FIRE announces its Speech Code of the Month for June 2012: Centre College in Kentucky. Although it is a private institution, Centre’s Bill of Student Rights promises
The right of every student to exercise his/her full rights as a citizen in forming and participating in campus, local, national, or international organizations for intellectual, religious, social, political, economic, or cultural purposes, and to publish and/or determine his/her views and those of his/her organization on campus.
Fundamental to one’s rights as a citizen is the right to free speech, including—perhaps most crucially—the right to criticize one’s leaders. But at Centre, that right is seriously curtailed by the college’s prohibition on “disrespect for a college official,” which is defined broadly to include anything “not showing due respect.” This vague policy could subject a student to punishment for almost any comment or criticism that an administrator subjectively deems disrespectful.
Our concern over this policy is anything but hypothetical. Over the years, FIRE has seen many universities apply their speech codes to suppress student criticism of their administrations. To take just a few recent examples:
- This past fall, a student at Catawba Valley Community College (CVCC) posted comments on CVCC’s Facebook page harshly criticizing the college’s partnership with a debit card company. Until FIRE intervened, CVCC suspended the student for two semesters for violating a prohibition on any “offense which, in the opinion of the administration or faculty, may be contrary to the best interest of the CVCC community.”
- Last spring, St. Augustine’s College refused to allow a student to participate in its graduation ceremonies due to a comment he posted on Facebook about how the college was handling its recovery from tornado damage.
- In 2008, Michigan State University used its spam policy to punish a student government leader who emailed a select group of faculty criticizing the administration’s plan to change the university’s academic calendar.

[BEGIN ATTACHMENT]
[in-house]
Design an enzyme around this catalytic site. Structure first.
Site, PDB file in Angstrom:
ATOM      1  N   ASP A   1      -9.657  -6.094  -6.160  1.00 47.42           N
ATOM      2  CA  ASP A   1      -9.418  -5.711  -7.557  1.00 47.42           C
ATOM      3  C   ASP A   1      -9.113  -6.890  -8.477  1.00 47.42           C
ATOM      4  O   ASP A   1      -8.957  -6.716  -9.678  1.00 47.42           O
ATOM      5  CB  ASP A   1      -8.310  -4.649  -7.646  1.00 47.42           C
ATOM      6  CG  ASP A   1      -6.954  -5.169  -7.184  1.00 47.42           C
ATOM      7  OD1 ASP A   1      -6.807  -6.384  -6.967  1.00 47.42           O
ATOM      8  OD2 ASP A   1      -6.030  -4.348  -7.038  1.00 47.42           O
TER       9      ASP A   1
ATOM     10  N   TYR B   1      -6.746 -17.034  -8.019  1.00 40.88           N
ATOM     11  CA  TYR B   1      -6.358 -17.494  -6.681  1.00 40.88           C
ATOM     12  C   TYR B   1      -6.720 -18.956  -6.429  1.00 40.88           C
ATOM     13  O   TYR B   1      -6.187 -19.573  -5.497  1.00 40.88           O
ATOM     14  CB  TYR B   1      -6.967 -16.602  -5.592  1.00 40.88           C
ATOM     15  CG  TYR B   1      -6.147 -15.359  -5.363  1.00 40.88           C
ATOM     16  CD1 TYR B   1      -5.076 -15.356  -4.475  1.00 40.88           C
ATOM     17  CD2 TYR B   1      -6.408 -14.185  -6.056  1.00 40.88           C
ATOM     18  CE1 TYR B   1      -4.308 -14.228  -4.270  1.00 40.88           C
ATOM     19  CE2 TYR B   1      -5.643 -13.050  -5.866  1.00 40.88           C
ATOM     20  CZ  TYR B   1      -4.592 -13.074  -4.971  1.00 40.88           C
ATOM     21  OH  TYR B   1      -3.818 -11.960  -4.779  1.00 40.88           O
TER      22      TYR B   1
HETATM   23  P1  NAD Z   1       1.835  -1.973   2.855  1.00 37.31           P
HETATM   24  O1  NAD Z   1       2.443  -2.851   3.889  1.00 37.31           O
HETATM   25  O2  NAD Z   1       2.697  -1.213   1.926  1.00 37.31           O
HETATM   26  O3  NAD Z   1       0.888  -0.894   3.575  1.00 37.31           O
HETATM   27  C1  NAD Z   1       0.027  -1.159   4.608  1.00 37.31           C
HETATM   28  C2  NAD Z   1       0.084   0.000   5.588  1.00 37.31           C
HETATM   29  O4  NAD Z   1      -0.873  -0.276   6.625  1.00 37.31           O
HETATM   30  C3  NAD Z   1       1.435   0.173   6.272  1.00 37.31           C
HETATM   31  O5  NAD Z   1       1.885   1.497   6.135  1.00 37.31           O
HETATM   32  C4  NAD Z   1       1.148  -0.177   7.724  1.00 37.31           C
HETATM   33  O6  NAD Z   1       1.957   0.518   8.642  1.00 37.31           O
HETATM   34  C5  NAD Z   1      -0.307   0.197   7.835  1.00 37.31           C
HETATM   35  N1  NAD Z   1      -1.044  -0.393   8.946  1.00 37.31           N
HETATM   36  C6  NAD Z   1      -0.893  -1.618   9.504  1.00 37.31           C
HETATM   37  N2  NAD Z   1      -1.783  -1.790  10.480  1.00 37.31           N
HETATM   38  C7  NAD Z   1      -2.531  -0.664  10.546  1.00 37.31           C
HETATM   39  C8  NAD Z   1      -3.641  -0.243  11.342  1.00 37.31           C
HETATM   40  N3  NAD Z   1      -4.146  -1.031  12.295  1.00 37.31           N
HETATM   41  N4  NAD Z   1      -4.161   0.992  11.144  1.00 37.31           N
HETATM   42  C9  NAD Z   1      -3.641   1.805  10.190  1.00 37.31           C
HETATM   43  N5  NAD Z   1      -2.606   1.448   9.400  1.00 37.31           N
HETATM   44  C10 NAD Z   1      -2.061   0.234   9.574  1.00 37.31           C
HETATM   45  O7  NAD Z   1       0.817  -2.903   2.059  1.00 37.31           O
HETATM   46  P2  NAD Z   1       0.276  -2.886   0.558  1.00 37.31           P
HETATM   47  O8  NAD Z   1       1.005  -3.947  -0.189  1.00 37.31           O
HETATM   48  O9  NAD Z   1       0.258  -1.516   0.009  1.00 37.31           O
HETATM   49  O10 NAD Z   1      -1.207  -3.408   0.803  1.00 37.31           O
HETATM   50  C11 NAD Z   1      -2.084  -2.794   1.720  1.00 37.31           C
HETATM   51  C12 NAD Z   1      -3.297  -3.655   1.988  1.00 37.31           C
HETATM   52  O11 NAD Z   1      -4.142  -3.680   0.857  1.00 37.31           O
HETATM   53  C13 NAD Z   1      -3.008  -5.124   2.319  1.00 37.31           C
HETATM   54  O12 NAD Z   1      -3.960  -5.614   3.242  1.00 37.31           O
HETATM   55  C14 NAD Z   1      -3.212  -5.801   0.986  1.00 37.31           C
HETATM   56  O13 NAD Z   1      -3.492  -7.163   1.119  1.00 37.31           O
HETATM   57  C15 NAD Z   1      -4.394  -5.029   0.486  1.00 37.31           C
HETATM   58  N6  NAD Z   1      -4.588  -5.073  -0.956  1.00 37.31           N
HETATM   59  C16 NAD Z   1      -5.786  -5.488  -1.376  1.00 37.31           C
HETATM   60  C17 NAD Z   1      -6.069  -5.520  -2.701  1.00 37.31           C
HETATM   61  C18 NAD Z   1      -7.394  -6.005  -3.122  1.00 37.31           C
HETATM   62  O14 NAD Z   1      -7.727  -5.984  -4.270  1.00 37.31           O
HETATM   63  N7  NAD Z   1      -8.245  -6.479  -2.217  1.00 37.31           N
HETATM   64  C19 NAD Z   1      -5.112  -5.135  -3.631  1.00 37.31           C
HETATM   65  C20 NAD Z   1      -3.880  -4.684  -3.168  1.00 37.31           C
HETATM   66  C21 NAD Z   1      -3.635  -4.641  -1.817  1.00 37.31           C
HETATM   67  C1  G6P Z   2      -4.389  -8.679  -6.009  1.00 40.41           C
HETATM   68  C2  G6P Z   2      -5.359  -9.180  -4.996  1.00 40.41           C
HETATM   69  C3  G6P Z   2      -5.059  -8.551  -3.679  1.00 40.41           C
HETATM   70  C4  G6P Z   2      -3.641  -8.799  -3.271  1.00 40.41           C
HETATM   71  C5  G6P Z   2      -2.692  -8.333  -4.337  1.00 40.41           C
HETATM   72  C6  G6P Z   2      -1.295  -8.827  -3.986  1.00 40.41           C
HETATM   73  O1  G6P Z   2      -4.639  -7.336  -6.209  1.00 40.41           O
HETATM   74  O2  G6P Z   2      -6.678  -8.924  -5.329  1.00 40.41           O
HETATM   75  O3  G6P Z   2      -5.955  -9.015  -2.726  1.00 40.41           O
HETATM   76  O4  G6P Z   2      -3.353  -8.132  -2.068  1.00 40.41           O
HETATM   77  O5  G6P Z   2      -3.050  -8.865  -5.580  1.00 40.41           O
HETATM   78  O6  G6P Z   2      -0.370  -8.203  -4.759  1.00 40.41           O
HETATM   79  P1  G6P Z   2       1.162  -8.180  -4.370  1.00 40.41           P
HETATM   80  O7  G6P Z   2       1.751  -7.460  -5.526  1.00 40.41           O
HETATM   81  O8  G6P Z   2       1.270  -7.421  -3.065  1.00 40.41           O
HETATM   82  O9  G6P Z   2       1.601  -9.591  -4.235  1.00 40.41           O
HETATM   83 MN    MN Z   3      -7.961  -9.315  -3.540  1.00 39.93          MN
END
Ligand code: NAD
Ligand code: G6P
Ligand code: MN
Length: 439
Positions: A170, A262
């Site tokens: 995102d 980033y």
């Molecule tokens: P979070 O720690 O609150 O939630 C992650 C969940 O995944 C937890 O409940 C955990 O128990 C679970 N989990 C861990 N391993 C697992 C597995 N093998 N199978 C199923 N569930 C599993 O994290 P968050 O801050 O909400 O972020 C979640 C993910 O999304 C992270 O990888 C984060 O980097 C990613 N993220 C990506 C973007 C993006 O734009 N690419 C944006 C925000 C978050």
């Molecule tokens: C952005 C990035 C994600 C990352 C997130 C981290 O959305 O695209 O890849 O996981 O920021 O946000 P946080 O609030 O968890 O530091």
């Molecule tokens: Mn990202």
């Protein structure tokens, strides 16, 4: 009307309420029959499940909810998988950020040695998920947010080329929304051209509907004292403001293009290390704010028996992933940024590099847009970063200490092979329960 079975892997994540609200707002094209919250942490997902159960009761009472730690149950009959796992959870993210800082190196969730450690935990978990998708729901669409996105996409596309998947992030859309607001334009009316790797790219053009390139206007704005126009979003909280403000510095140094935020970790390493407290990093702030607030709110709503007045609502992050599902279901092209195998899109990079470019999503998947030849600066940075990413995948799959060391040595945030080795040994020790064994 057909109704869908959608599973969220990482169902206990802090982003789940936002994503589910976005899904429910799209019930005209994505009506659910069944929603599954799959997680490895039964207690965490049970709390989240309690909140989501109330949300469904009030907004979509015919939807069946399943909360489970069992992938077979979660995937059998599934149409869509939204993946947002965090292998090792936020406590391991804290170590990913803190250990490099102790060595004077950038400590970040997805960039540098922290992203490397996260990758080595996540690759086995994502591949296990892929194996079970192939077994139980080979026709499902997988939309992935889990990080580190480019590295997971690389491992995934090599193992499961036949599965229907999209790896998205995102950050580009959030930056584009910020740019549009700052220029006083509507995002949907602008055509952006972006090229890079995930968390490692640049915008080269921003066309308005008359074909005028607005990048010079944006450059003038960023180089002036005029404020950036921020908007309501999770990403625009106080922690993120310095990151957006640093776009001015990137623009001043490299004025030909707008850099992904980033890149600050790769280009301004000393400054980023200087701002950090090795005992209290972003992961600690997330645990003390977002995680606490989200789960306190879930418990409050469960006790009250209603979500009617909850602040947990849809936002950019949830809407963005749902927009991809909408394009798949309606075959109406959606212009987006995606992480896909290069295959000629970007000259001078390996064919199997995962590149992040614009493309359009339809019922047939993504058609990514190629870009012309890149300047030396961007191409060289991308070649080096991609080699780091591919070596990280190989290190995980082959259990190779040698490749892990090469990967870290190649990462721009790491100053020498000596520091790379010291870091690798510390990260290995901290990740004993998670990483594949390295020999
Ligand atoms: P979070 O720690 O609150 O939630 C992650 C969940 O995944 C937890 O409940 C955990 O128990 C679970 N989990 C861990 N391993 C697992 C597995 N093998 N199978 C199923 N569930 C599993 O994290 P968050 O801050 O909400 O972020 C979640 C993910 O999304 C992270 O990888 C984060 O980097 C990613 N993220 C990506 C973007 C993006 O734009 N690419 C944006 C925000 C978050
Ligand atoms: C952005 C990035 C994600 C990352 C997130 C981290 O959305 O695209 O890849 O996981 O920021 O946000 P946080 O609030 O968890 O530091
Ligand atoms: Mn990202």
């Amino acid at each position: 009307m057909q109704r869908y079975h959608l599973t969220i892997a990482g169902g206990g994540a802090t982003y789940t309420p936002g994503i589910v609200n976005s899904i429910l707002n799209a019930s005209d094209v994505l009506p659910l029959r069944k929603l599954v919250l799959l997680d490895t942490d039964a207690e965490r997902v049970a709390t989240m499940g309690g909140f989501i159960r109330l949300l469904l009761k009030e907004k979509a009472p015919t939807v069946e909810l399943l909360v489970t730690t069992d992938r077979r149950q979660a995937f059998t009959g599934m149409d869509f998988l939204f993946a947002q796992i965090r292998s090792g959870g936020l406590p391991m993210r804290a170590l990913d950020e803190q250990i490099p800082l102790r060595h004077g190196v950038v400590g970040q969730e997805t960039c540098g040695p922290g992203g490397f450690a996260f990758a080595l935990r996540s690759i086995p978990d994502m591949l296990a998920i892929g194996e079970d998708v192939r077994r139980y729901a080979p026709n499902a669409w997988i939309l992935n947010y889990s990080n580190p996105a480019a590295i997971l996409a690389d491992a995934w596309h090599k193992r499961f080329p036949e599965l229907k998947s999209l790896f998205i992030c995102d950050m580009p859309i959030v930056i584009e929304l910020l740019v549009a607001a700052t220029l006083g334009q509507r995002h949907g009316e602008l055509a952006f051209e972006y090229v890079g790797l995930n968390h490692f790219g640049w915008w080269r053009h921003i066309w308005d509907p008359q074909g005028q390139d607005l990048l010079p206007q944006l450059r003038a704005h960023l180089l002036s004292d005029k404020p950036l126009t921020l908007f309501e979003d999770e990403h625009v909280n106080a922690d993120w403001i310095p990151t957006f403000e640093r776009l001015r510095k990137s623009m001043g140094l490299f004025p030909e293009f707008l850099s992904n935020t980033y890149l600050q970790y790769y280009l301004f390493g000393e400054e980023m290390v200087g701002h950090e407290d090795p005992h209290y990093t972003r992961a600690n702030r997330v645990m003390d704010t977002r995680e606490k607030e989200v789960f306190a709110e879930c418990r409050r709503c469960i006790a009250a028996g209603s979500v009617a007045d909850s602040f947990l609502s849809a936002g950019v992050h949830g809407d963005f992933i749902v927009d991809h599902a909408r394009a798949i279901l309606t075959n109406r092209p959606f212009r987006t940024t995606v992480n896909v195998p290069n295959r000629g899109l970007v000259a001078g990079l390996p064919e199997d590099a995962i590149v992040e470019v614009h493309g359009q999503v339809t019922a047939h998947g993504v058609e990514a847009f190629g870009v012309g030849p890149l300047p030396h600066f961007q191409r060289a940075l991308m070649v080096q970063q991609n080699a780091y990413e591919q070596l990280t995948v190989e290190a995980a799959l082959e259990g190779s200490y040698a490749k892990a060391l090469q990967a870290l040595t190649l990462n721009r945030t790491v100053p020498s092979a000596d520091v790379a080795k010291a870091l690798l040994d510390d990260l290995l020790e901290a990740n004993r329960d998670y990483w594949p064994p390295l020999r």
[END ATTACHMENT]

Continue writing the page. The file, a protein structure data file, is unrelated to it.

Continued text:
The right to free speech, if it is to be meaningful, includes speech that is not civil or respectful. To quote the U.S. Supreme Court, “[s]peech is often provocative and challenging. It may strike at prejudices and preconceptions and have profound unsettling effects as it presses for acceptance of an idea. That is why freedom of speech, though not absolute, is nevertheless protected against censorship or punishment, unless shown likely to produce a clear and present danger of a serious substantive evil that rises far above public inconvenience, annoyance, or unrest.” Terminiello v. Chicago, 337 U.S. 1, 4 (1949).
If Centre is going to allow its students to exercise their “full rights as a citizen,” it must allow them to be critical of the administration, even harshly so. This policy, which is backed by the explicit threat of action, chills student expression on important issues and is impermissible at any institution that claims to value the right to free speech. For this reason, it is our June 2012 Speech Code of the Month.
If you believe that your college’s or university’s policy should be a Speech Code of the Month, please email firstname.lastname@example.org with a link to the policy and a brief description of why you think attention should be drawn to this code. If you are a current college student or faculty member interested in free speech, consider joining FIRE’s Campus Freedom Network, an organization of college faculty members and students dedicated to advancing individual liberties on their campuses. You also can add FIRE’s Speech Code of the Month Widget to your blog or website and help shed some much-needed sunlight on these repressive policies.